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Tower of Hanoi | Set 2
  • Last Updated : 04 May, 2021

Given a positive integer N representing the number of disks in the Tower of Hanoi, the task is to solve the Tower of Hanoi puzzle using Binary representations.

Examples:

Input: N = 3
Output:
Move the 1 disk to next circular right rod
Move the 2 disk to next circular right rod
Move the 1 disk to next circular right rod
Move the 3 disk to next circular right rod
Move the 1 disk to next circular right rod
Move the 2 disk to next circular right rod
Move the 1 disk to next circular right rod

Input: N = 4
Output:
Move the 1 disk to next circular right rod
Move the 2 disk to next circular right rod
Move the 1 disk to next circular right rod
Move the 3 disk to next circular right rod
Move the 1 disk to next circular right rod
Move the 2 disk to next circular right rod
Move the 1 disk to next circular right rod
Move the 4 disk to next circular right rod
Move the 1 disk to next circular right rod
Move the 2 disk to next circular right rod
Move the 1 disk to next circular right rod
Move the 3 disk to next circular right rod
Move the 1 disk to next circular right rod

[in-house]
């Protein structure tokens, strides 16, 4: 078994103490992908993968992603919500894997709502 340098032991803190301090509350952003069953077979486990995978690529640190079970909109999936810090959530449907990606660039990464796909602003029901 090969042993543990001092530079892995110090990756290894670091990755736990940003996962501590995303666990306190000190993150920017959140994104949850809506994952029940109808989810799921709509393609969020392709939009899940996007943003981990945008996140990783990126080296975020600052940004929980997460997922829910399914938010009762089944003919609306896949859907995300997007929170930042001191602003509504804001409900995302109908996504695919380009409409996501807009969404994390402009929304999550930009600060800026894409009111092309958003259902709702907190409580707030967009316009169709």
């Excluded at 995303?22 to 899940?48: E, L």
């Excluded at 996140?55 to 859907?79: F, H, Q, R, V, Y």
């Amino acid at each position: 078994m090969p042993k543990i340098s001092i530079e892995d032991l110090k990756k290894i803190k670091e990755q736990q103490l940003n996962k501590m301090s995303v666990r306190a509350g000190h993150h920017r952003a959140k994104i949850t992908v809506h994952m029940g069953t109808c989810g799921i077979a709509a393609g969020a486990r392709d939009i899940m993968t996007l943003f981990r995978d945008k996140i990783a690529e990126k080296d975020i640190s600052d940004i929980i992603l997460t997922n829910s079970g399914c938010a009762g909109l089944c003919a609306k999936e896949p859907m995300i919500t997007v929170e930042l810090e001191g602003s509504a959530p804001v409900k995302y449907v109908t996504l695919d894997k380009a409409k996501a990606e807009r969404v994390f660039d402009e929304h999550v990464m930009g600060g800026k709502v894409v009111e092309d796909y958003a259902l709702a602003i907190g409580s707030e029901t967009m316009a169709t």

Move the 2 disk to next circular right rod
Move the 1 disk to next circular right rod

Approach: The given problem can be solved based on the following observations:



  • It can be observed that to move the Nth disk, (N – 1)th disk needs to be moved. Therefore, to move (N – 1)th disk, (N – 2)th disk needs to be moved. This process goes on recursively.
  • The above procedure is similar to the setting the rightmost unset bit as it requires to set all the bits to right of it first.
  • Therefore, the idea is to print all the intermediate steps, every time setting the right most bit by incrementing the current number by 1.

Follow the steps below to solve the problem:

Below is the implementation of the above approach:

C++




// C++ program for the above approach
 
#include <bits/stdc++.h>
using namespace std;
 
// Function to increment binary counter
int increment(int* counter, int n)
{
    int i = 0;
 
    while (true) {
 
        // Stores the Bitwise XOR of
        // the i-th bit of N and 1
        int a = counter[i] ^ 1;
 
        // Stores the Bitwise AND of
        // the i-th bit of N and 1
        int b = counter[i] & 1;
 
        // Swaps the i-th bit of N
        counter[i] = a;
 
        // If b is equal to zero
        if (b == 0)
            break;
 
        // Increment i by 1
        i = i + 1;
    }
 
    // Return i
    return i;
}
 
// Function to print order of movement
// of disks across three rods to place
// all disks on the third rod from the
// first rod
void TowerOfHanoi(int N)
{